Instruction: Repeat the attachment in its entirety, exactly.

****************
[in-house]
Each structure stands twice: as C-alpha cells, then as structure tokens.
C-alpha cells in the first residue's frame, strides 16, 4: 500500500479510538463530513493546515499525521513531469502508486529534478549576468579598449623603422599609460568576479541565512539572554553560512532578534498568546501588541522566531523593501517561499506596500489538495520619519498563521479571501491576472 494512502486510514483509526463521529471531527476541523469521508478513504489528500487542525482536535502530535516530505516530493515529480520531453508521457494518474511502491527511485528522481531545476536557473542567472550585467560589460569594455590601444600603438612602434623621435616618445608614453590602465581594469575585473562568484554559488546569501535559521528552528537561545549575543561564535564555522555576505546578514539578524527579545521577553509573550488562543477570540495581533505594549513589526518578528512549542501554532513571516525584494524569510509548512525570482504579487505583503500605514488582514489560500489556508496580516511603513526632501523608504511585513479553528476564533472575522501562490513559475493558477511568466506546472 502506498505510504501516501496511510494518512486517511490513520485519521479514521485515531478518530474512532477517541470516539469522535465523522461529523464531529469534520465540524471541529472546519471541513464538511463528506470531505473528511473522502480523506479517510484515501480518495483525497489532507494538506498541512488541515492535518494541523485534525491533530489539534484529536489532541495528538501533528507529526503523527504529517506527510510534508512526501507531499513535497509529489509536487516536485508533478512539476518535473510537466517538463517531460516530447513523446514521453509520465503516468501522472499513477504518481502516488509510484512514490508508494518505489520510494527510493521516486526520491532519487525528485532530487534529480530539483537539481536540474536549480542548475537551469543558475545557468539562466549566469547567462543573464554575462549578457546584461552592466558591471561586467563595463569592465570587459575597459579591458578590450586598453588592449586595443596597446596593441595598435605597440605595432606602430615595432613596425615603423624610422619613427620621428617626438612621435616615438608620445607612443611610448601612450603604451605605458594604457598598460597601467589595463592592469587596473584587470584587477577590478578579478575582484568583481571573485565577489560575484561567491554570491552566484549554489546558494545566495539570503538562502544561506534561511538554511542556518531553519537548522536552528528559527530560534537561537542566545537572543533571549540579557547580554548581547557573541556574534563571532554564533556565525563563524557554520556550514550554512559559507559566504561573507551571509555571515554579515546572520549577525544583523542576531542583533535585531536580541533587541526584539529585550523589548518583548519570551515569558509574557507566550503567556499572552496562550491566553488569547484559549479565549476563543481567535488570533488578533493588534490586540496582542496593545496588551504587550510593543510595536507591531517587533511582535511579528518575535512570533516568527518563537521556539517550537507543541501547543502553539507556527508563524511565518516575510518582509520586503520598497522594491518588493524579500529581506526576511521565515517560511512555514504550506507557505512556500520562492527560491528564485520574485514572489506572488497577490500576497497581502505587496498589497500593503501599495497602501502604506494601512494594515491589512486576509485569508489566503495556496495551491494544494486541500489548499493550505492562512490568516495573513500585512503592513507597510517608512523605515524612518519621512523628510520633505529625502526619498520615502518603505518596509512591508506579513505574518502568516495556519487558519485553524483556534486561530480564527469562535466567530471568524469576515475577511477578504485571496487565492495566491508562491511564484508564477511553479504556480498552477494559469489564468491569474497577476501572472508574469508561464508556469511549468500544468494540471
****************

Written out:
[in-house]
Each structure stands twice: as C-alpha cells, then as structure tokens.
C-alpha cells in the first residue's frame, strides 16, 4: 500500500479510538463530513493546515499525521513531469502508486529534478549576468579598449623603422599609460568576479541565512539572554553560512532578534498568546501588541522566531523593501517561499506596500489538495520619519498563521479571501491576472 494512502486510514483509526463521529471531527476541523469521508478513504489528500487542525482536535502530535516530505516530493515529480520531453508521457494518474511502491527511485528522481531545476536557473542567472550585467560589460569594455590601444600603438612602434623621435616618445608614453590602465581594469575585473562568484554559488546569501535559521528552528537561545549575543561564535564555522555576505546578514539578524527579545521577553509573550488562543477570540495581533505594549513589526518578528512549542501554532513571516525584494524569510509548512525570482504579487505583503500605514488582514489560500489556508496580516511603513526632501523608504511585513479553528476564533472575522501562490513559475493558477511568466506546472 502506498505510504501516501496511510494518512486517511490513520485519521479514521485515531478518530474512532477517541470516539469522535465523522461529523464531529469534520465540524471541529472546519471541513464538511463528506470531505473528511473522502480523506479517510484515501480518495483525497489532507494538506498541512488541515492535518494541523485534525491533530489539534484529536489532541495528538501533528507529526503523527504529517506527510510534508512526501507531499513535497509529489509536487516536485508533478512539476518535473510537466517538463517531460516530447513523446514521453509520465503516468501522472499513477504518481502516488509510484512514490508508494518505489520510494527510493521516486526520491532519487525528485532530487534529480530539483537539481536540474536549480542548475537551469543558475545557468539562466549566469547567462543573464554575462549578457546584461552592466558591471561586467563595463569592465570587459575597459579591458578590450586598453588592449586595443596597446596593441595598435605597440605595432606602430615595432613596425615603423624610422619613427620621428617626438612621435616615438608620445607612443611610448601612450603604451605605458594604457598598460597601467589595463592592469587596473584587470584587477577590478578579478575582484568583481571573485565577489560575484561567491554570491552566484549554489546558494545566495539570503538562502544561506534561511538554511542556518531553519537548522536552528528559527530560534537561537542566545537572543533571549540579557547580554548581547557573541556574534563571532554564533556565525563563524557554520556550514550554512559559507559566504561573507551571509555571515554579515546572520549577525544583523542576531542583533535585531536580541533587541526584539529585550523589548518583548519570551515569558509574557507566550503567556499572552496562550491566553488569547484559549479565549476563543481567535488570533488578533493588534490586540496582542496593545496588551504587550510593543510595536507591531517587533511582535511579528518575535512570533516568527518563537521556539517550537507543541501547543502553539507556527508563524511565518516575510518582509520586503520598497522594491518588493524579500529581506526576511521565515517560511512555514504550506507557505512556500520562492527560491528564485520574485514572489506572488497577490500576497497581502505587496498589497500593503501599495497602501502604506494601512494594515491589512486576509485569508489566503495556496495551491494544494486541500489548499493550505492562512490568516495573513500585512503592513507597510517608512523605515524612518519621512523628510520633505529625502526619498520615502518603505518596509512591508506579513505574518502568516495556519487558519485553524483556534486561530480564527469562535466567530471568524469576515475577511477578504485571496487565492495566491508562491511564484508564477511553479504556480498552477494559469489564468491569474497577476501572472508574469508561464508556469511549468500544468494540471